* some words from Ram Dass & the friday influence

This week on the Influence: some words from world renown American spiritual teacher Ram Dass!

But first, a confession: there isn’t much that I read – be it novels, essays, cereal boxes, texts, etc. – that doesn’t get filtered through my how-does-can-this-relate-to-poetry filter.  I read everything with eyes looking for a symbol, a metaphor, or simply a set of words that captivates.  I end up thinking (and saying) some goofy things but ultimately I am kept engaged and interested.

I say this as preface to today’s post in order to make it clear that I am no expert on the works of Ram Dass or meditation – I have simply read through his book on mediation, Journey of Awakening, and found in it many things that relate to poetry.  Or at least my sense of it.

Dude, c'mon: there'll be chicken wings!
Dude, c’mon: there’ll be chicken wings!

In his book, Ram Dass exhibits a great gift for sampling works from various cultures and beliefs.  W.H. Auden once said that a sign of a writer’s strength as an essayist isn’t what he says but what he quotes.  In this spirit, Ram Dass rocks.  Case in point:

There is a story that as God and Satan were walking down the street one day, the Lord bent down and picked something up.  He gazed at it glowing radiantly in His hand.  Satan, curious, asked: “What’s that?”  “This,” answered the Lord, “is Truth.”  “Here,” replied Satan as he reached for it, “let me have that – I’ll organize it for you.”

I read the above as a parable on poetry workshops as I have experienced them at times.  There are at times two kinds of readers in a group: one willing to be astonished in their consideration of the words before them, and another who feels compelled to say something, to fix, to organize.

Ultimately, both kinds of readers, like the ideas of good and evil, help make the world go ’round.

Here are two more:

If you do not get it from yourself

Where will you go for it?

(Zenrin, The Gospel According to Zen)

*
It is all an open secret
(Ramana Maharshi)

*

I see the last two quotes as having to do with generating work: the first, an idea Philip Levine shared once: It won’t get written if you don’t write it.  The second, how inspiration is seemingly endless while at the same time being impossible at times to get at – but once you tap into it, that thrill, like learning a secret if only for a moment, a few lines.

*

Happy secrets!

Jose

* Phil Levine & the friday influence

This week on the Influence: Philip Levine.

When I read the following poem to Ani she picked up on something I did not when I first read it four years earlier: that it takes place in Spain.  This makes sense seeing as Phil Levine has spent much time in Spain and written often on the poets who suffered and survived in the Spanish Civil War.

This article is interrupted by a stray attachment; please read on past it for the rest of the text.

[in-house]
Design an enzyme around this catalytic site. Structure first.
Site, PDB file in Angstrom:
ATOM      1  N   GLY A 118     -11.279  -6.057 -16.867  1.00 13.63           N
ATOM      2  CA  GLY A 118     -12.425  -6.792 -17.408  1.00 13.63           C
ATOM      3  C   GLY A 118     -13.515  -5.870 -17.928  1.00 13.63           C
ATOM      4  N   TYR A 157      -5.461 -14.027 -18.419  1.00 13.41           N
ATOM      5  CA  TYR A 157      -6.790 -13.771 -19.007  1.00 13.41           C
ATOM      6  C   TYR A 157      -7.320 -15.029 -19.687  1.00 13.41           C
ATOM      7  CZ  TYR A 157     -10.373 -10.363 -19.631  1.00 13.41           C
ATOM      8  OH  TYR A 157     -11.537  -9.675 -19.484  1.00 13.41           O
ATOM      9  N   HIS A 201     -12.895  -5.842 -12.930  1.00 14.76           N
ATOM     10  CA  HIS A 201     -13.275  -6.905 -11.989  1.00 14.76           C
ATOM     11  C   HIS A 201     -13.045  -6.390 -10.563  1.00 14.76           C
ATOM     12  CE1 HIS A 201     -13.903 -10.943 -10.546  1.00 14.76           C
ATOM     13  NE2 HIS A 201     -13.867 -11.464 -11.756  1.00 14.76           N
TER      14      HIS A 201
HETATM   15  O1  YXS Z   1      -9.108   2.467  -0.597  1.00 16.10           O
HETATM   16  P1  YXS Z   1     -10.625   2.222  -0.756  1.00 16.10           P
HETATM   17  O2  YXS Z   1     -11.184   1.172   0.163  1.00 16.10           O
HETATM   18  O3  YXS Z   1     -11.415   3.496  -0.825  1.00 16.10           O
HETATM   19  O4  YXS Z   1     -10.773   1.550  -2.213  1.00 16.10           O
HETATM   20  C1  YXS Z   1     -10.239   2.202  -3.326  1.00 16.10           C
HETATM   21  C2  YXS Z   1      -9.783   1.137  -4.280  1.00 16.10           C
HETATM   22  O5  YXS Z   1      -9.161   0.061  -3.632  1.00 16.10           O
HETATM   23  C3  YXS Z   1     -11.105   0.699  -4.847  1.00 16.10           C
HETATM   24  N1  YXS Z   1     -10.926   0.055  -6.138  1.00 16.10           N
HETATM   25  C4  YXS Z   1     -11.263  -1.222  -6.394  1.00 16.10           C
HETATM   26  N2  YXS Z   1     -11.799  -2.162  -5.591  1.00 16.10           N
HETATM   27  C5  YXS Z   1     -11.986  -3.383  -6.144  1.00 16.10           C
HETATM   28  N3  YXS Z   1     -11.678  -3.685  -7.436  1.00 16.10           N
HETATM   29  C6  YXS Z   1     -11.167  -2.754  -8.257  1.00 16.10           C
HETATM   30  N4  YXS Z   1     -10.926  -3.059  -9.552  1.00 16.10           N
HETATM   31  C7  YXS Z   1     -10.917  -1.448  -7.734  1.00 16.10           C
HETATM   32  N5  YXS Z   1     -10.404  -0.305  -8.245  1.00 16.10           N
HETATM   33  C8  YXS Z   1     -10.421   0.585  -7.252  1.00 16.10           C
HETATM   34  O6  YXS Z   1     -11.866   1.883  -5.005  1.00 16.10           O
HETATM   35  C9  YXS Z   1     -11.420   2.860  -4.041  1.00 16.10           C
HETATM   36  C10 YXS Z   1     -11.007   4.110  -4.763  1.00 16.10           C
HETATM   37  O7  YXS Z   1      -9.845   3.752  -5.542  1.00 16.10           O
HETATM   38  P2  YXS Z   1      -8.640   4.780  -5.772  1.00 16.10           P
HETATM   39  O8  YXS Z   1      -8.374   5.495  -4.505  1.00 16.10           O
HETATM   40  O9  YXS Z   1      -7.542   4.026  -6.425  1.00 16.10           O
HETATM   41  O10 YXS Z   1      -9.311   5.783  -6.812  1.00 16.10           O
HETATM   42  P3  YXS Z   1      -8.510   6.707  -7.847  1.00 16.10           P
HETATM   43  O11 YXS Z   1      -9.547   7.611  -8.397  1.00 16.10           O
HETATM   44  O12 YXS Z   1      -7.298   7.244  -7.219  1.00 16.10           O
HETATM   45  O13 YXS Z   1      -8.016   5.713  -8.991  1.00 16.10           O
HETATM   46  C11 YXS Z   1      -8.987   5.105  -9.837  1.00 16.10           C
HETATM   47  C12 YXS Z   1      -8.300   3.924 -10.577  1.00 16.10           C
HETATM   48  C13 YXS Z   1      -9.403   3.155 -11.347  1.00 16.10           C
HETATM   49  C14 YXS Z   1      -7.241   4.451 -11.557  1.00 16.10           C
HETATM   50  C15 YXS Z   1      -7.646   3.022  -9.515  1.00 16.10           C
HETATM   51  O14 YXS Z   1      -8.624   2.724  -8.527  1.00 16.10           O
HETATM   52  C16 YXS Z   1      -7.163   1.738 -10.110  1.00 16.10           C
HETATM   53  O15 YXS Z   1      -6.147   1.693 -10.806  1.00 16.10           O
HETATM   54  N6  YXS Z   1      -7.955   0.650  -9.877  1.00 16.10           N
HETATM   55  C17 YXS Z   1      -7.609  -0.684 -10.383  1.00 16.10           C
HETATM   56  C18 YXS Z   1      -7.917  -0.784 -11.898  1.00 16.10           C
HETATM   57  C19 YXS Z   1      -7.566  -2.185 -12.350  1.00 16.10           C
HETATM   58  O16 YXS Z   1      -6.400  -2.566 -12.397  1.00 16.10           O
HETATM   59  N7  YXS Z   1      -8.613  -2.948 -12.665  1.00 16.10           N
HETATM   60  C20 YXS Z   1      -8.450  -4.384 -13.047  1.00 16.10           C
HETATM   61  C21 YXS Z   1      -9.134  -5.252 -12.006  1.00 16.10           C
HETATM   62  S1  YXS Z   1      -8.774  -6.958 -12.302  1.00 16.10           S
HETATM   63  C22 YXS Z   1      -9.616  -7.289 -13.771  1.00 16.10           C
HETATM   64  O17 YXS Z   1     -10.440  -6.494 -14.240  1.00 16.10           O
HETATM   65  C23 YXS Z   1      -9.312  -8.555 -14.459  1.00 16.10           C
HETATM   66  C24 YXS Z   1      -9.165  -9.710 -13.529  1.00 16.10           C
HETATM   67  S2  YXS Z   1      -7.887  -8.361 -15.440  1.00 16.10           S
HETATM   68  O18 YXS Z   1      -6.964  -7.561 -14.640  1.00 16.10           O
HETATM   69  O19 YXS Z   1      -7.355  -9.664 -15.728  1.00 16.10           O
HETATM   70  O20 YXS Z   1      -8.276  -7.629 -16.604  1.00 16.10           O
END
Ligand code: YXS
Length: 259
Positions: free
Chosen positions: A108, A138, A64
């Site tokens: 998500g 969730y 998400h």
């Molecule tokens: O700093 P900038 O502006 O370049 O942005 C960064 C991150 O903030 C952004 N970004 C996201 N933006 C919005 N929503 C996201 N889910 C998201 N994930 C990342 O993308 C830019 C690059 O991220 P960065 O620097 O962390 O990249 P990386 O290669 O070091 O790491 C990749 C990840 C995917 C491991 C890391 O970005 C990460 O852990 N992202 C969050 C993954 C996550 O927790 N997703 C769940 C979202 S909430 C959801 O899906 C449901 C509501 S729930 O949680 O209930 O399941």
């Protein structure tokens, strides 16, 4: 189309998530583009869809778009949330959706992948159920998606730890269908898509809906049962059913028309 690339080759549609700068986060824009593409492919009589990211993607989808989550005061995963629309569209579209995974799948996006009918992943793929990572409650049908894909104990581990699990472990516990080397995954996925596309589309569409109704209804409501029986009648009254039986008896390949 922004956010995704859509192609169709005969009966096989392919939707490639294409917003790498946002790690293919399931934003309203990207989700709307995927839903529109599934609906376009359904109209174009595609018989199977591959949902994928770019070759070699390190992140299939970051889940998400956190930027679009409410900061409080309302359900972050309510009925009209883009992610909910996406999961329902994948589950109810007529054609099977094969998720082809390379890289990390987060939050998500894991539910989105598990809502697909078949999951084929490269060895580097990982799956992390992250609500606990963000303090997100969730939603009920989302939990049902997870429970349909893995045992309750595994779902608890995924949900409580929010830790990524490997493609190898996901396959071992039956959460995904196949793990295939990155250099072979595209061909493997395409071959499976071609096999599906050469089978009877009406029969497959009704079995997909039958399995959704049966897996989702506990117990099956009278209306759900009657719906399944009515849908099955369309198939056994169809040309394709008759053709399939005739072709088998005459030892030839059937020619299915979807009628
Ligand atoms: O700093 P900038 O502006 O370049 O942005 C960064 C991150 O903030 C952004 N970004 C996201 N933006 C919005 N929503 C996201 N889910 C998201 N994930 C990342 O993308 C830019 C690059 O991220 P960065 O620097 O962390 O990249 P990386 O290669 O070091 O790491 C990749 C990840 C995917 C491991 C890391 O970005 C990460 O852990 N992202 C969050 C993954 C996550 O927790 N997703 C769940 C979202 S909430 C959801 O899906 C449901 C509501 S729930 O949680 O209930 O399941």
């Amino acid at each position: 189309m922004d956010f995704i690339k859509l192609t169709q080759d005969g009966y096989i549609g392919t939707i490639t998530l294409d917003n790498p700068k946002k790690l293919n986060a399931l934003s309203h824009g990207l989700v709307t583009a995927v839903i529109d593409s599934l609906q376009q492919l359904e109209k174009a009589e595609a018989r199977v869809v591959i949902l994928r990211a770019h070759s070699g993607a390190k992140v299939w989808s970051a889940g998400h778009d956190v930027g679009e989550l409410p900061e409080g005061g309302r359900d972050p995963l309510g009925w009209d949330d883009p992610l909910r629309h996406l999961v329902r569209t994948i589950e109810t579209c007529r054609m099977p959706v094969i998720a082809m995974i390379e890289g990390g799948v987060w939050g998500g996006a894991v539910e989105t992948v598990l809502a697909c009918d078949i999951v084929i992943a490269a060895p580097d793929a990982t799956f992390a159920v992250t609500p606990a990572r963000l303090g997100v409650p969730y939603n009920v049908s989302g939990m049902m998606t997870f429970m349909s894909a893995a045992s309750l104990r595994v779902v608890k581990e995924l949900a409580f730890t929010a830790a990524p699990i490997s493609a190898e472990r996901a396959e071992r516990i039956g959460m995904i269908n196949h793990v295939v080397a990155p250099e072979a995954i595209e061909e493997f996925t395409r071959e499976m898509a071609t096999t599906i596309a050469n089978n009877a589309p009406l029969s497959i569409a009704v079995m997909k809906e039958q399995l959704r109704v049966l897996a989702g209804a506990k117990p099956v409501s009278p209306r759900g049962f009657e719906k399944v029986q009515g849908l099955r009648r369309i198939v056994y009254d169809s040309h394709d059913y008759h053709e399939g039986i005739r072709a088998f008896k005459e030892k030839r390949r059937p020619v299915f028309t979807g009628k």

Having herself spent time there, Ani spoke of the place in the poem as if she had been there, the way one does in the light of experience.

This is the world…  Indeed!

What moves me still about the poem is the scope of human understanding, how much gets put into the poem, and yet it is only one man’s glimpse, as fleeting and unknowable even now.

the *photo* of time
the *photo* of time

The Music of Time – Philip Levine *

The young woman sewing

by the window hums a song

I don’t know; I hear only

a few bars, and when the trucks

barrel down the broken street

the music is lost.  Before the darkness

leaks from the shadows of

the great Cathedral, I see her

once more at work and later

hear in the sudden silence

of nightfall wordless music rising

from her room.  I put aside

my papers, wash, and dress

to eat at one of the seafood

places along the great avenues

near the port where later

the homeless will sleep.  Then I

walk for hours in the Barrio

Chino passing the open

doors of tiny bars and caves

from which the voices of old men

bark out the stale anthems

of love’s defeat.  “This is the world,”

I think, “this is what I came

in search of year’s ago.”  Now I

can go back to my single room,

I can lie awake in the dark

rehearsing all the trivial events

of the day ahead, a day that begins

when the sun clears the dark spires

of someone’s God, and I waken

in a flood of dust rising from

nowhere and from nowhere comes

the actual voice of someone else.

***

Happy nowhereing!

jose

* from Phil Levine’s News of the World.